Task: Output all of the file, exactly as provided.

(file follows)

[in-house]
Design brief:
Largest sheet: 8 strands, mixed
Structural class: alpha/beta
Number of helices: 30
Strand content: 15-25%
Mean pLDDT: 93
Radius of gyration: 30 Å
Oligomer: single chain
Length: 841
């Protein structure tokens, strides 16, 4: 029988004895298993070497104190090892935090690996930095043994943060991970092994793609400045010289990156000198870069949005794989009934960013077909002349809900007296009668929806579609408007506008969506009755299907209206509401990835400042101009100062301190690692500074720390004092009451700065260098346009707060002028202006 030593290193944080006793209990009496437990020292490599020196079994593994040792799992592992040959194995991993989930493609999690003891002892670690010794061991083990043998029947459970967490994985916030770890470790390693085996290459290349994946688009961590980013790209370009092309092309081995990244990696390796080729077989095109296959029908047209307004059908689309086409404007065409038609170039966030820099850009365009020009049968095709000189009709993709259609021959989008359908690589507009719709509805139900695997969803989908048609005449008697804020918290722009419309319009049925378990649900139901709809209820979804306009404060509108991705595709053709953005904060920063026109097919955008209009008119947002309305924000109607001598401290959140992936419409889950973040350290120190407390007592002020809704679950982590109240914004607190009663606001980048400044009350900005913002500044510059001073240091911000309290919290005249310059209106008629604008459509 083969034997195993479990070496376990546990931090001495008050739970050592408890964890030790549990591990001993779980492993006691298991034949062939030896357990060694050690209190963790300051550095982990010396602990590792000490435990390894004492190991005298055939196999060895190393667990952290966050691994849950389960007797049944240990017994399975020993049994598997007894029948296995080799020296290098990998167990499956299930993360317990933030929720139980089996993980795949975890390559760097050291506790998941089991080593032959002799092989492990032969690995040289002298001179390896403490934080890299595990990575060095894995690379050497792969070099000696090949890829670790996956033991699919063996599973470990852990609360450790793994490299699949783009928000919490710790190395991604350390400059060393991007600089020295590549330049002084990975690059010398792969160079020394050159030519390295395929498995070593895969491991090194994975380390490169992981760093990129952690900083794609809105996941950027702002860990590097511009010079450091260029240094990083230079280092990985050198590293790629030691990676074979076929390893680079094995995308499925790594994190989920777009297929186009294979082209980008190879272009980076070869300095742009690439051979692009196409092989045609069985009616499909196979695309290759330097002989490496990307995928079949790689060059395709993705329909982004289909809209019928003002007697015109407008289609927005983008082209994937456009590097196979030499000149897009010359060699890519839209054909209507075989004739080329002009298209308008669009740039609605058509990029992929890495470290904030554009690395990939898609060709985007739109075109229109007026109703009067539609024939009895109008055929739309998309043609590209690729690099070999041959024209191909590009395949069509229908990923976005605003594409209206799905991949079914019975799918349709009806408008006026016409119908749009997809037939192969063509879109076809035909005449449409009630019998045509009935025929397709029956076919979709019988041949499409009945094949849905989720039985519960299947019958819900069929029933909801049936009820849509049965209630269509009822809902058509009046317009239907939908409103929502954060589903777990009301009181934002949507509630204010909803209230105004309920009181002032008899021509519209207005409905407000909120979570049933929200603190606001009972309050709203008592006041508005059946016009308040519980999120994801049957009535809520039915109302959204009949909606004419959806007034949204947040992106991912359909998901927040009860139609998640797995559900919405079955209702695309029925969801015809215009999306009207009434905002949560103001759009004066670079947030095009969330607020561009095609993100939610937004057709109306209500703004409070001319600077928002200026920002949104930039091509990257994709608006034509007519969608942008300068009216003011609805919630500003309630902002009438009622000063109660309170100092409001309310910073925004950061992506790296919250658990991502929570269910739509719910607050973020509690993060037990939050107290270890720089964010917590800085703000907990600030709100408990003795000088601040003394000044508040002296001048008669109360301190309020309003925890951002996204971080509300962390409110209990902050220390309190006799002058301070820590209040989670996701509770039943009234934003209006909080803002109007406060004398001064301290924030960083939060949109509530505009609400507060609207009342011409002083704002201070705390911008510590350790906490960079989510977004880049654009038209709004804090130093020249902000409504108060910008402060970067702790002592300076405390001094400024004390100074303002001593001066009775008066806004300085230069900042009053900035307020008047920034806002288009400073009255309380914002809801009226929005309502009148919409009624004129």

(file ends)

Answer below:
[in-house]
Design brief:
Largest sheet: 8 strands, mixed
Structural class: alpha/beta
Number of helices: 30
Strand content: 15-25%
Mean pLDDT: 93
Radius of gyration: 30 Å
Oligomer: single chain
Length: 841
């Protein structure tokens, strides 16, 4: 029988004895298993070497104190090892935090690996930095043994943060991970092994793609400045010289990156000198870069949005794989009934960013077909002349809900007296009668929806579609408007506008969506009755299907209206509401990835400042101009100062301190690692500074720390004092009451700065260098346009707060002028202006 030593290193944080006793209990009496437990020292490599020196079994593994040792799992592992040959194995991993989930493609999690003891002892670690010794061991083990043998029947459970967490994985916030770890470790390693085996290459290349994946688009961590980013790209370009092309092309081995990244990696390796080729077989095109296959029908047209307004059908689309086409404007065409038609170039966030820099850009365009020009049968095709000189009709993709259609021959989008359908690589507009719709509805139900695997969803989908048609005449008697804020918290722009419309319009049925378990649900139901709809209820979804306009404060509108991705595709053709953005904060920063026109097919955008209009008119947002309305924000109607001598401290959140992936419409889950973040350290120190407390007592002020809704679950982590109240914004607190009663606001980048400044009350900005913002500044510059001073240091911000309290919290005249310059209106008629604008459509 083969034997195993479990070496376990546990931090001495008050739970050592408890964890030790549990591990001993779980492993006691298991034949062939030896357990060694050690209190963790300051550095982990010396602990590792000490435990390894004492190991005298055939196999060895190393667990952290966050691994849950389960007797049944240990017994399975020993049994598997007894029948296995080799020296290098990998167990499956299930993360317990933030929720139980089996993980795949975890390559760097050291506790998941089991080593032959002799092989492990032969690995040289002298001179390896403490934080890299595990990575060095894995690379050497792969070099000696090949890829670790996956033991699919063996599973470990852990609360450790793994490299699949783009928000919490710790190395991604350390400059060393991007600089020295590549330049002084990975690059010398792969160079020394050159030519390295395929498995070593895969491991090194994975380390490169992981760093990129952690900083794609809105996941950027702002860990590097511009010079450091260029240094990083230079280092990985050198590293790629030691990676074979076929390893680079094995995308499925790594994190989920777009297929186009294979082209980008190879272009980076070869300095742009690439051979692009196409092989045609069985009616499909196979695309290759330097002989490496990307995928079949790689060059395709993705329909982004289909809209019928003002007697015109407008289609927005983008082209994937456009590097196979030499000149897009010359060699890519839209054909209507075989004739080329002009298209308008669009740039609605058509990029992929890495470290904030554009690395990939898609060709985007739109075109229109007026109703009067539609024939009895109008055929739309998309043609590209690729690099070999041959024209191909590009395949069509229908990923976005605003594409209206799905991949079914019975799918349709009806408008006026016409119908749009997809037939192969063509879109076809035909005449449409009630019998045509009935025929397709029956076919979709019988041949499409009945094949849905989720039985519960299947019958819900069929029933909801049936009820849509049965209630269509009822809902058509009046317009239907939908409103929502954060589903777990009301009181934002949507509630204010909803209230105004309920009181002032008899021509519209207005409905407000909120979570049933929200603190606001009972309050709203008592006041508005059946016009308040519980999120994801049957009535809520039915109302959204009949909606004419959806007034949204947040992106991912359909998901927040009860139609998640797995559900919405079955209702695309029925969801015809215009999306009207009434905002949560103001759009004066670079947030095009969330607020561009095609993100939610937004057709109306209500703004409070001319600077928002200026920002949104930039091509990257994709608006034509007519969608942008300068009216003011609805919630500003309630902002009438009622000063109660309170100092409001309310910073925004950061992506790296919250658990991502929570269910739509719910607050973020509690993060037990939050107290270890720089964010917590800085703000907990600030709100408990003795000088601040003394000044508040002296001048008669109360301190309020309003925890951002996204971080509300962390409110209990902050220390309190006799002058301070820590209040989670996701509770039943009234934003209006909080803002109007406060004398001064301290924030960083939060949109509530505009609400507060609207009342011409002083704002201070705390911008510590350790906490960079989510977004880049654009038209709004804090130093020249902000409504108060910008402060970067702790002592300076405390001094400024004390100074303002001593001066009775008066806004300085230069900042009053900035307020008047920034806002288009400073009255309380914002809801009226929005309502009148919409009624004129």